PO Box 1174
49 Portland Street
Morrisville, VT 05661
Salvation Farms reduces farm fresh food loss and increases local food access through the responsible management and use of Vermont’s surplus crops. Our mission is to build increased resilience in Vermont’s food system through agricultural surplus management by fostering collaborative, cross-sector partnerships that create efficient management practices for Vermont’s farm surplus through the engagement and utilization of available resources, skills and knowledge. We are guided by the philosophy that farms are, were, and always will be our salvation: small, diversified farms are the cornerstones of healthy, wholesome and stable communities.
Salvation Farms is building a proactive statewide management system for Vermont’s farm surplus. Unmarketable farm surplus exceeds two million pounds annually in Vermont and, at best, only 12% of this resource is currently being captured; yet our state has a 14% food insecurity rate, we serve 54,000 school meals daily and more than 600,000 meals in our hospitals annually. The institutions serving our vulnerable populations are often restricted by budgets that impede their ability to access Vermont-grown foods resulting in an excess of $14,000,000 being spent on food from far away sources.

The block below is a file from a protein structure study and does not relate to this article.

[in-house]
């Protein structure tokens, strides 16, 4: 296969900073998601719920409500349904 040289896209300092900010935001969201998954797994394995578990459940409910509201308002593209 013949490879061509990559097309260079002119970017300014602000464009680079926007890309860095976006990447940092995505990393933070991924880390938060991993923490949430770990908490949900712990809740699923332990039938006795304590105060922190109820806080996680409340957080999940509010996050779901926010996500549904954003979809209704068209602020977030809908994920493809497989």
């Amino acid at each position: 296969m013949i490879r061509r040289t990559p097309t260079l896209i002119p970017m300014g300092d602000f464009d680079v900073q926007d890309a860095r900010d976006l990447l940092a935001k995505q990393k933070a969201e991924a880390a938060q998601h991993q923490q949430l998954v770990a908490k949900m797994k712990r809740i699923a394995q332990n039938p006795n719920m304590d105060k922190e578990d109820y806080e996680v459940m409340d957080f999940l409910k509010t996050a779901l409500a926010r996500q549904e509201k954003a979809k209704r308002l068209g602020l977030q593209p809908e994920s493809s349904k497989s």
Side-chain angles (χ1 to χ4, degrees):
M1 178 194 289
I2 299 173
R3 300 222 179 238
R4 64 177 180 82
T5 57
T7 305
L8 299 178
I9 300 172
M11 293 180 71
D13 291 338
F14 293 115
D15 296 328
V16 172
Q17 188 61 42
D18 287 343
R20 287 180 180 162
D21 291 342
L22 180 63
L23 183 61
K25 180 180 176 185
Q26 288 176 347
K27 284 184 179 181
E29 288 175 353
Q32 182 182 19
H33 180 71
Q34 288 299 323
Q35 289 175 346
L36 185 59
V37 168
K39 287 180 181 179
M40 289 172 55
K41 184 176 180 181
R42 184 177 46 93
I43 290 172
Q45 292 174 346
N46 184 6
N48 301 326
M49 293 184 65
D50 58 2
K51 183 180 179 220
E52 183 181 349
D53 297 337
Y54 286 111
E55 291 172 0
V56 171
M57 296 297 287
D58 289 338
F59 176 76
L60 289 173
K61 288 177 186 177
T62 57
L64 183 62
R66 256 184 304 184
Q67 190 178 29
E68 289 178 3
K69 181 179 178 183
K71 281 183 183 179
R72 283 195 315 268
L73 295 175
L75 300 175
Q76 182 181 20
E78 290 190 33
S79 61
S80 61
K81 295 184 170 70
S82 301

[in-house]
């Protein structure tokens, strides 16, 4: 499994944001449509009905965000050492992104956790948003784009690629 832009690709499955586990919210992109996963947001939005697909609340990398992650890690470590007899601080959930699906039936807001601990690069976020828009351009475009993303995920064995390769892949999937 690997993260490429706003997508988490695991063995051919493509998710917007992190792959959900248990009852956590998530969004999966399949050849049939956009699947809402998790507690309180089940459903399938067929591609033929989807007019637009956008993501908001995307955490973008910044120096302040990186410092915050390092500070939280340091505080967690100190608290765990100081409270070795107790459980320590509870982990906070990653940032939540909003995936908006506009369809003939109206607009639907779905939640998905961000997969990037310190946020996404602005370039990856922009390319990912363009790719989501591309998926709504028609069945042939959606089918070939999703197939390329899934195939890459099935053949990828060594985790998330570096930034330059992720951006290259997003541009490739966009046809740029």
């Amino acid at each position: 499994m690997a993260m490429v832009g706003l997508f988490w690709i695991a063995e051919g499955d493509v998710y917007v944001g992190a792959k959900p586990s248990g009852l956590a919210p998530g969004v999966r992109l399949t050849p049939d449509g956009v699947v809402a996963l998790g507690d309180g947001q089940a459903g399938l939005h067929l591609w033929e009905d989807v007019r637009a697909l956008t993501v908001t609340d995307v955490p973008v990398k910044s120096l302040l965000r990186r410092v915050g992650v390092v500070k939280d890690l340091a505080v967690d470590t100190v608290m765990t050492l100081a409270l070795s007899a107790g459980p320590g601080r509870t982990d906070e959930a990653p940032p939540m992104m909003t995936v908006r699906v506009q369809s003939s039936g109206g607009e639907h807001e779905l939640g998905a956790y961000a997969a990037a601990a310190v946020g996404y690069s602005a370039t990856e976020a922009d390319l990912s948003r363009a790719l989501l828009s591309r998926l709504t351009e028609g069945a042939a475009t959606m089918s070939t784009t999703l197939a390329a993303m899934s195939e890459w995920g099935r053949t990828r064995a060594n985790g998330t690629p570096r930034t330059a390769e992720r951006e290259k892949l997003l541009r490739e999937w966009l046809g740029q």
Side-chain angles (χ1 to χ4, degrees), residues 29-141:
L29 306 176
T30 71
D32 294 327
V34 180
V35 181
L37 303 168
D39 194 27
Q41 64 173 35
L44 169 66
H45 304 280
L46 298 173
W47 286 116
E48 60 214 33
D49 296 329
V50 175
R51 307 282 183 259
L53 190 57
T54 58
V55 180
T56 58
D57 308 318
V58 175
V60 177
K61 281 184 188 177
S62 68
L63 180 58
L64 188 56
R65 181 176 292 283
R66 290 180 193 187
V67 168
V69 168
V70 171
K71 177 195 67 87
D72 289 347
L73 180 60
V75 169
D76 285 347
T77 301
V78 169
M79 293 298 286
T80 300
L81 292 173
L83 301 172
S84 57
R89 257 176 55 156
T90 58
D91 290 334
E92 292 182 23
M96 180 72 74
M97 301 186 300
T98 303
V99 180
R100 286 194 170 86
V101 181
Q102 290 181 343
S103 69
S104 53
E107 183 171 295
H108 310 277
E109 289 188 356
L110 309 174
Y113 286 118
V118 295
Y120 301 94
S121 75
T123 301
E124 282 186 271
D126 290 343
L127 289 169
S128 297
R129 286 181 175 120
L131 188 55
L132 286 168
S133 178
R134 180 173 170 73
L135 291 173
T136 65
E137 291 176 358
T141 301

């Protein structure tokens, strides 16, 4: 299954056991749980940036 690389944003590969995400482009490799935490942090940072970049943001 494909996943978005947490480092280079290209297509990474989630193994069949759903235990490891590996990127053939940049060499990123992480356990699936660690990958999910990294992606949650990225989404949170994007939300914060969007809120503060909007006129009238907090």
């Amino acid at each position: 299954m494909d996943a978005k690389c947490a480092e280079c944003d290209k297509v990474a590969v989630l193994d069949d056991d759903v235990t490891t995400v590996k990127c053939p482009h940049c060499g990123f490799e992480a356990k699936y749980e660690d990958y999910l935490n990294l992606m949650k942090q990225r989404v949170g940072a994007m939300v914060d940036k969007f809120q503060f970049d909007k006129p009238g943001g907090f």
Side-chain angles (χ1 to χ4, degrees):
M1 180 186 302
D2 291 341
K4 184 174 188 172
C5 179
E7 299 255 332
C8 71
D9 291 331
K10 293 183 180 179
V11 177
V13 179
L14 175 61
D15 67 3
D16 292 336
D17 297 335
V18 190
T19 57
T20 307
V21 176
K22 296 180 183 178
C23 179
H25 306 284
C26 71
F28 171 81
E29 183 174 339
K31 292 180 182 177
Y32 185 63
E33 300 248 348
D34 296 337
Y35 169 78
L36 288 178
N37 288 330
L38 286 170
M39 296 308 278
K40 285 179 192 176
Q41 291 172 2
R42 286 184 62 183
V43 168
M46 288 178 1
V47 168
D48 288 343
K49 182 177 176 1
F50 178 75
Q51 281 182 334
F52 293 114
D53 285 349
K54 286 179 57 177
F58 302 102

The Vermont Gleaning Collective and Vermont Commodity Program are our foundation. We are creating a statewide blanket of gleaning initiatives, increasing the state’s capacity to capture greater volumes of wasted farm fresh surplus by supporting Collective member organizations as they develop and manage effective gleaning programs. Volumes of farm surplus too great for a gleaning initiative to distribute in their local community will be aggregated into the Commodity Program for raw case packing or light processing.
Salvation Farms’ model for agricultural surplus management does not exist anywhere in America. America’s strategy to capture and distribute surplus is based in charity, not in building resilience, and is segmented – rarely engaging the potential mix of community stakeholders important to addressing food waste and food inequality.
Our system works in tandem with our for-profit food system and will increase 1) local food consumption, 2) farm production awareness, 3) regional food processing, 4) workforce development, 5) in-state investment in local agriculture while lessening our social and environment impact of investing outside of Vermont. We will build greater awareness and appreciation for our natural resources, our management and demand of these resources and how we can collectively decide to creatively use them.